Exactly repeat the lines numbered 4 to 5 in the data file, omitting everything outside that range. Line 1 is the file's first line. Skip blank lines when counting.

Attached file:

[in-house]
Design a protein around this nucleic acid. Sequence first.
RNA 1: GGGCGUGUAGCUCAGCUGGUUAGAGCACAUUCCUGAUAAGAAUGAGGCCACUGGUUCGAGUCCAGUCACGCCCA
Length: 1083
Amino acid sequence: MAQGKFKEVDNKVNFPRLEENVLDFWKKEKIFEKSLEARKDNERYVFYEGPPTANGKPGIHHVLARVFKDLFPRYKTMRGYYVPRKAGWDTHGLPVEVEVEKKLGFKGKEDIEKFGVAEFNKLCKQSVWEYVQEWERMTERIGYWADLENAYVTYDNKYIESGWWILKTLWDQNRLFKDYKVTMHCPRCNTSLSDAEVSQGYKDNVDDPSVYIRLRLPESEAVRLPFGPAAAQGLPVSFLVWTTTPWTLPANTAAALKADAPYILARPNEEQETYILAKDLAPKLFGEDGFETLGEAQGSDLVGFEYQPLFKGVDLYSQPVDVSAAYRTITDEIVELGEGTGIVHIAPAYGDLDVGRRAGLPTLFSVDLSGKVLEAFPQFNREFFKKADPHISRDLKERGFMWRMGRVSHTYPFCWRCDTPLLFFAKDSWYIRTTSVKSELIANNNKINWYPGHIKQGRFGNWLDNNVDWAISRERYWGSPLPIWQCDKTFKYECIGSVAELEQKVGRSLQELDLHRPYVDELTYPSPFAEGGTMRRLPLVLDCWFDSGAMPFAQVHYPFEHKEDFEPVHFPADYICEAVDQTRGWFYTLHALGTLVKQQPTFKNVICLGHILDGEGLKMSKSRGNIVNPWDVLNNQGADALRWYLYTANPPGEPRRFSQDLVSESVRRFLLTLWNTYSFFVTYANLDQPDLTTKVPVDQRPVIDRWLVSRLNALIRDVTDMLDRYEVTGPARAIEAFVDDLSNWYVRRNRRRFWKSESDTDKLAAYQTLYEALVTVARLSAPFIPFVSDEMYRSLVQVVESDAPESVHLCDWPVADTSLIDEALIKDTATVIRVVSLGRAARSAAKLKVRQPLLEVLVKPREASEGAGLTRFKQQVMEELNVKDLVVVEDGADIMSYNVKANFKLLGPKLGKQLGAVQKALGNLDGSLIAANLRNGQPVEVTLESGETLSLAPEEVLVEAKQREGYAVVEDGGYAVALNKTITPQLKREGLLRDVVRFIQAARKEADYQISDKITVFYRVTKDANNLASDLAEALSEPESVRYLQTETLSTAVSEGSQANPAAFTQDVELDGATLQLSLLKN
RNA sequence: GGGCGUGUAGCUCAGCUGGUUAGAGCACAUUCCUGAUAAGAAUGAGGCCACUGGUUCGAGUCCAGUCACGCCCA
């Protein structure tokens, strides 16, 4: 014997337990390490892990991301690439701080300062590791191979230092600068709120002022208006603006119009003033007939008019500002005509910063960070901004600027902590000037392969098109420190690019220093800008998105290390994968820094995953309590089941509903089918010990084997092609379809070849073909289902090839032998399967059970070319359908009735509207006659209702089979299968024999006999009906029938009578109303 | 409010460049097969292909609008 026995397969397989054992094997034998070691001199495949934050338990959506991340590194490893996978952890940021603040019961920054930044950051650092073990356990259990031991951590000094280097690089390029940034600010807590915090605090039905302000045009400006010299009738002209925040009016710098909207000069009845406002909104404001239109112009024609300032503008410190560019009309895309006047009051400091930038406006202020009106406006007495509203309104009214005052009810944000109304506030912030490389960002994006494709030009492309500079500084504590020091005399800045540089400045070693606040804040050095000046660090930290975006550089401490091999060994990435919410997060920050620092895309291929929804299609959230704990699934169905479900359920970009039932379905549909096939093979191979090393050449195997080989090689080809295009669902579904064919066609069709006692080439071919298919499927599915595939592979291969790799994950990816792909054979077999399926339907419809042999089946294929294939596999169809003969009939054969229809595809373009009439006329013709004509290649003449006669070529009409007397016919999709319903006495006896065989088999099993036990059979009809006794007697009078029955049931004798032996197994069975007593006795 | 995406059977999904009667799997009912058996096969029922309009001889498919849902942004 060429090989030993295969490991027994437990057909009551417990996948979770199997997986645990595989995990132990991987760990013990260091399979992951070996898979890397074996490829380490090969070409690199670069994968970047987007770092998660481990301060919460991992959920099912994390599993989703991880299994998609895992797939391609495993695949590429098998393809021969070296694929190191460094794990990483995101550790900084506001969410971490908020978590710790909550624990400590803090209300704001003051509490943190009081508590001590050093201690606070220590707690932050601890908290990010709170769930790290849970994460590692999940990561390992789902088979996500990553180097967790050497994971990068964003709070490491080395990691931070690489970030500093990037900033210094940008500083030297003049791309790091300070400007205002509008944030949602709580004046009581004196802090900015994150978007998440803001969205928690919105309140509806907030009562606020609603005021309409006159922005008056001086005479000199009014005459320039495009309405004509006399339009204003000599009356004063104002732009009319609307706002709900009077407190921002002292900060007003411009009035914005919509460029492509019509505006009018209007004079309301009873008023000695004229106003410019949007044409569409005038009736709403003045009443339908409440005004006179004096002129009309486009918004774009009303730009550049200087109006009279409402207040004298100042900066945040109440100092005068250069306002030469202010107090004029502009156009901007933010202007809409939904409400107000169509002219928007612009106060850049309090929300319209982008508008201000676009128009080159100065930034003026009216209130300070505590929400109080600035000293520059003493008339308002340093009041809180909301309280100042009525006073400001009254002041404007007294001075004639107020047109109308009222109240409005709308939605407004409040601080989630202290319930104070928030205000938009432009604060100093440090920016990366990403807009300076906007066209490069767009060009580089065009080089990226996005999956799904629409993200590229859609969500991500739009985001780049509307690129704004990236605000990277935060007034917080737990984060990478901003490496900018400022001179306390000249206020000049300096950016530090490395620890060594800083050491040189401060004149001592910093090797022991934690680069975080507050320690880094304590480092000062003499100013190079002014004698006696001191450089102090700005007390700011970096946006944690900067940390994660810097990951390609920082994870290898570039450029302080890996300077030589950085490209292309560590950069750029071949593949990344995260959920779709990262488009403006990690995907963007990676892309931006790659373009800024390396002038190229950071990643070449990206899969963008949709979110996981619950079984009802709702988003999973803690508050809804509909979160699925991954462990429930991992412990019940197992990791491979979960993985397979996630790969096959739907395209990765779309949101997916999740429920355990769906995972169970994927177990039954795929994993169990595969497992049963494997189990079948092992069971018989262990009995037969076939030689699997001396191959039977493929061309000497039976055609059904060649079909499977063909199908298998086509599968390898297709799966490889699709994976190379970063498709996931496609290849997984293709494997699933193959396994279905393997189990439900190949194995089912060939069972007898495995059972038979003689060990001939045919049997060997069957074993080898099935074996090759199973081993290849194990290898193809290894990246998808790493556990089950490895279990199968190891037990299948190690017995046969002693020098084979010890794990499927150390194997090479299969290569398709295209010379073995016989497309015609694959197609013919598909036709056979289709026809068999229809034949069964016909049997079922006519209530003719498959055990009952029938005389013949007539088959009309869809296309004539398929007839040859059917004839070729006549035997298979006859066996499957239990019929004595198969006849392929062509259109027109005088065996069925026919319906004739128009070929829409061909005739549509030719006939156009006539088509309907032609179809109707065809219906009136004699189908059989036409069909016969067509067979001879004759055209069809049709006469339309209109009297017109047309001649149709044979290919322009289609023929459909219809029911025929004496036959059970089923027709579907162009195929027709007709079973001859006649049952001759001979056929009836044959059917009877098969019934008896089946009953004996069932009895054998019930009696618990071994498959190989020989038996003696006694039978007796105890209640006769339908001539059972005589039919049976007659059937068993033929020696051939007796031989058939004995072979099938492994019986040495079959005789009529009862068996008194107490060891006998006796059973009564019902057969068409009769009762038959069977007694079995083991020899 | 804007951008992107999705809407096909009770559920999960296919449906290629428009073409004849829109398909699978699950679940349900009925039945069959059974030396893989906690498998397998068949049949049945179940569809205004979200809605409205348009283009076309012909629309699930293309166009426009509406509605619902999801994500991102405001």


Length: 1083
Amino acid sequence: MAQGKFKEVDNKVNFPRLEENVLDFWKKEKIFEKSLEARKDNERYVFYEGPPTANGKPGIHHVLARVFKDLFPRYKTMRGYYVPRKAGWDTHGLPVEVEVEKKLGFKGKEDIEKFGVAEFNKLCKQSVWEYVQEWERMTERIGYWADLENAYVTYDNKYIESGWWILKTLWDQNRLFKDYKVTMHCPRCNTSLSDAEVSQGYKDNVDDPSVYIRLRLPESEAVRLPFGPAAAQGLPVSFLVWTTTPWTLPANTAAALKADAPYILARPNEEQETYILAKDLAPKLFGEDGFETLGEAQGSDLVGFEYQPLFKGVDLYSQPVDVSAAYRTITDEIVELGEGTGIVHIAPAYGDLDVGRRAGLPTLFSVDLSGKVLEAFPQFNREFFKKADPHISRDLKERGFMWRMGRVSHTYPFCWRCDTPLLFFAKDSWYIRTTSVKSELIANNNKINWYPGHIKQGRFGNWLDNNVDWAISRERYWGSPLPIWQCDKTFKYECIGSVAELEQKVGRSLQELDLHRPYVDELTYPSPFAEGGTMRRLPLVLDCWFDSGAMPFAQVHYPFEHKEDFEPVHFPADYICEAVDQTRGWFYTLHALGTLVKQQPTFKNVICLGHILDGEGLKMSKSRGNIVNPWDVLNNQGADALRWYLYTANPPGEPRRFSQDLVSESVRRFLLTLWNTYSFFVTYANLDQPDLTTKVPVDQRPVIDRWLVSRLNALIRDVTDMLDRYEVTGPARAIEAFVDDLSNWYVRRNRRRFWKSESDTDKLAAYQTLYEALVTVARLSAPFIPFVSDEMYRSLVQVVESDAPESVHLCDWPVADTSLIDEALIKDTATVIRVVSLGRAARSAAKLKVRQPLLEVLVKPREASEGAGLTRFKQQVMEELNVKDLVVVEDGADIMSYNVKANFKLLGPKLGKQLGAVQKALGNLDGSLIAANLRNGQPVEVTLESGETLSLAPEEVLVEAKQREGYAVVEDGGYAVALNKTITPQLKREGLLRDVVRFIQAARKEADYQISDKITVFYRVTKDANNLASDLAEALSEPESVRYLQTETLSTAVSEGSQANPAAFTQDVELDGATLQLSLLKN